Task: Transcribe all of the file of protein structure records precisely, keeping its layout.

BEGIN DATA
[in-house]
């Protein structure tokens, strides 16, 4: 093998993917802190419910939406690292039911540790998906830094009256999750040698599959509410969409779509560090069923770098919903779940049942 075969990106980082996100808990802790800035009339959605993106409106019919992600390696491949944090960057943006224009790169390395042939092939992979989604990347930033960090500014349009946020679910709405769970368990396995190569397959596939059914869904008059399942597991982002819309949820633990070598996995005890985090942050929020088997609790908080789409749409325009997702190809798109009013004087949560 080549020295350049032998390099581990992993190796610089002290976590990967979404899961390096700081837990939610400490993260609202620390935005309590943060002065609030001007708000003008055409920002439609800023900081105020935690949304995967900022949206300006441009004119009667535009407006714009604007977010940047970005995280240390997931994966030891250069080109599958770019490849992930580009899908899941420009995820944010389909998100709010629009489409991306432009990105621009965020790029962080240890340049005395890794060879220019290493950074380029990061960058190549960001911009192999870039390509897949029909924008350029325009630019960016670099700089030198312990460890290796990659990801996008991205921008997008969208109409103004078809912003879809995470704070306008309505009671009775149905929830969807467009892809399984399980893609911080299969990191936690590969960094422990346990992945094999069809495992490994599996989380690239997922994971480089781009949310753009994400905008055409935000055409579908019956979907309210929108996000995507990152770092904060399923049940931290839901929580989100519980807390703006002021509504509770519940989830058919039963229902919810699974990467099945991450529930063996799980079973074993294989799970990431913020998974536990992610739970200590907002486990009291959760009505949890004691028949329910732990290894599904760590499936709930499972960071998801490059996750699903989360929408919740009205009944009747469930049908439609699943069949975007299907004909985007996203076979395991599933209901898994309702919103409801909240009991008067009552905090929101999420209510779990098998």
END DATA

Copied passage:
[in-house]
């Protein structure tokens, strides 16, 4: 093998993917802190419910939406690292039911540790998906830094009256999750040698599959509410969409779509560090069923770098919903779940049942 075969990106980082996100808990802790800035009339959605993106409106019919992600390696491949944090960057943006224009790169390395042939092939992979989604990347930033960090500014349009946020679910709405769970368990396995190569397959596939059914869904008059399942597991982002819309949820633990070598996995005890985090942050929020088997609790908080789409749409325009997702190809798109009013004087949560 080549020295350049032998390099581990992993190796610089002290976590990967979404899961390096700081837990939610400490993260609202620390935005309590943060002065609030001007708000003008055409920002439609800023900081105020935690949304995967900022949206300006441009004119009667535009407006714009604007977010940047970005995280240390997931994966030891250069080109599958770019490849992930580009899908899941420009995820944010389909998100709010629009489409991306432009990105621009965020790029962080240890340049005395890794060879220019290493950074380029990061960058190549960001911009192999870039390509897949029909924008350029325009630019960016670099700089030198312990460890290796990659990801996008991205921008997008969208109409103004078809912003879809995470704070306008309505009671009775149905929830969807467009892809399984399980893609911080299969990191936690590969960094422990346990992945094999069809495992490994599996989380690239997922994971480089781009949310753009994400905008055409935000055409579908019956979907309210929108996000995507990152770092904060399923049940931290839901929580989100519980807390703006002021509504509770519940989830058919039963229902919810699974990467099945991450529930063996799980079973074993294989799970990431913020998974536990992610739970200590907002486990009291959760009505949890004691028949329910732990290894599904760590499936709930499972960071998801490059996750699903989360929408919740009205009944009747469930049908439609699943069949975007299907004909985007996203076979395991599933209901898994309702919103409801909240009991008067009552905090929101999420209510779990098998």